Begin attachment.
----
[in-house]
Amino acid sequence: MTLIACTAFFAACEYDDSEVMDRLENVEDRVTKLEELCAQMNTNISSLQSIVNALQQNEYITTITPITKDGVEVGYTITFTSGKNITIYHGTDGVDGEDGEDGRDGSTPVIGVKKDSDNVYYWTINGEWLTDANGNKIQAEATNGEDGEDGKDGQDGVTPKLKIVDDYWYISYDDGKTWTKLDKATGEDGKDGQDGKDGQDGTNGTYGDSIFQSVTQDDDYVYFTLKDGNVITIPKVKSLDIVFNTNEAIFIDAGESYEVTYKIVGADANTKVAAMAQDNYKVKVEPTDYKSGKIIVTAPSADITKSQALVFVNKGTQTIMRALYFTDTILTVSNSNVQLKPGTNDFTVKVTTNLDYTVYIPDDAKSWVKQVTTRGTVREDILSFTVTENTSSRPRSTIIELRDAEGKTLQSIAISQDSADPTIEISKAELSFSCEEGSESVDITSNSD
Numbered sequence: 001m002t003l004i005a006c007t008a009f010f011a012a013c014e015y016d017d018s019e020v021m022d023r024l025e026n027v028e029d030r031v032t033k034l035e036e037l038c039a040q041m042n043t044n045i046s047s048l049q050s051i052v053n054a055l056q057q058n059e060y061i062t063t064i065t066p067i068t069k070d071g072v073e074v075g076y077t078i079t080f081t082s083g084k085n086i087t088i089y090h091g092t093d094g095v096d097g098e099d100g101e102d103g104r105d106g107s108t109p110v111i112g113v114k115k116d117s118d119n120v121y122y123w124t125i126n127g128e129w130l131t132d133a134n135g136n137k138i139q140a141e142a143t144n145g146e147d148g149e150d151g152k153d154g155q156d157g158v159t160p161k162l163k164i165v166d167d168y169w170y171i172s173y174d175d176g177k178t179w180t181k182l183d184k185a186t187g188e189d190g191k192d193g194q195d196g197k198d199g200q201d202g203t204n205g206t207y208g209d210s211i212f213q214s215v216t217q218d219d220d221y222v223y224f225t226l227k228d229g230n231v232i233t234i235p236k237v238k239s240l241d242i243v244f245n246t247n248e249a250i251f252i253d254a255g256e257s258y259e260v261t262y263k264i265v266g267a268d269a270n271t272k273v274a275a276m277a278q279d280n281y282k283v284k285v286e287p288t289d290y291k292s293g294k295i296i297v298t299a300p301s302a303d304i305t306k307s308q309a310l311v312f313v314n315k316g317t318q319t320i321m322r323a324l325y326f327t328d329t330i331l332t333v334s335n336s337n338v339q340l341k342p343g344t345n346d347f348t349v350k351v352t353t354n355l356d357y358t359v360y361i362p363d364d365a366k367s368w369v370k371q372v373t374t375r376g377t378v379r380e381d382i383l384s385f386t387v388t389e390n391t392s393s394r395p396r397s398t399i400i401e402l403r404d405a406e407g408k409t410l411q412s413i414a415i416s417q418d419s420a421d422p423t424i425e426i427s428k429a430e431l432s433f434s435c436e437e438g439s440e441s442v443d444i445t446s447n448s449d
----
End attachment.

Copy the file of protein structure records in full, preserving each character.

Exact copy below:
[in-house]
Amino acid sequence: MTLIACTAFFAACEYDDSEVMDRLENVEDRVTKLEELCAQMNTNISSLQSIVNALQQNEYITTITPITKDGVEVGYTITFTSGKNITIYHGTDGVDGEDGEDGRDGSTPVIGVKKDSDNVYYWTINGEWLTDANGNKIQAEATNGEDGEDGKDGQDGVTPKLKIVDDYWYISYDDGKTWTKLDKATGEDGKDGQDGKDGQDGTNGTYGDSIFQSVTQDDDYVYFTLKDGNVITIPKVKSLDIVFNTNEAIFIDAGESYEVTYKIVGADANTKVAAMAQDNYKVKVEPTDYKSGKIIVTAPSADITKSQALVFVNKGTQTIMRALYFTDTILTVSNSNVQLKPGTNDFTVKVTTNLDYTVYIPDDAKSWVKQVTTRGTVREDILSFTVTENTSSRPRSTIIELRDAEGKTLQSIAISQDSADPTIEISKAELSFSCEEGSESVDITSNSD
Numbered sequence: 001m002t003l004i005a006c007t008a009f010f011a012a013c014e015y016d017d018s019e020v021m022d023r024l025e026n027v028e029d030r031v032t033k034l035e036e037l038c039a040q041m042n043t044n045i046s047s048l049q050s051i052v053n054a055l056q057q058n059e060y061i062t063t064i065t066p067i068t069k070d071g072v073e074v075g076y077t078i079t080f081t082s083g084k085n086i087t088i089y090h091g092t093d094g095v096d097g098e099d100g101e102d103g104r105d106g107s108t109p110v111i112g113v114k115k116d117s118d119n120v121y122y123w124t125i126n127g128e129w130l131t132d133a134n135g136n137k138i139q140a141e142a143t144n145g146e147d148g149e150d151g152k153d154g155q156d157g158v159t160p161k162l163k164i165v166d167d168y169w170y171i172s173y174d175d176g177k178t179w180t181k182l183d184k185a186t187g188e189d190g191k192d193g194q195d196g197k198d199g200q201d202g203t204n205g206t207y208g209d210s211i212f213q214s215v216t217q218d219d220d221y222v223y224f225t226l227k228d229g230n231v232i233t234i235p236k237v238k239s240l241d242i243v244f245n246t247n248e249a250i251f252i253d254a255g256e257s258y259e260v261t262y263k264i265v266g267a268d269a270n271t272k273v274a275a276m277a278q279d280n281y282k283v284k285v286e287p288t289d290y291k292s293g294k295i296i297v298t299a300p301s302a303d304i305t306k307s308q309a310l311v312f313v314n315k316g317t318q319t320i321m322r323a324l325y326f327t328d329t330i331l332t333v334s335n336s337n338v339q340l341k342p343g344t345n346d347f348t349v350k351v352t353t354n355l356d357y358t359v360y361i362p363d364d365a366k367s368w369v370k371q372v373t374t375r376g377t378v379r380e381d382i383l384s385f386t387v388t389e390n391t392s393s394r395p396r397s398t399i400i401e402l403r404d405a406e407g408k409t410l411q412s413i414a415i416s417q418d419s420a421d422p423t424i425e426i427s428k429a430e431l432s433f434s435c436e437e438g439s440e441s442v443d444i445t446s447n448s449d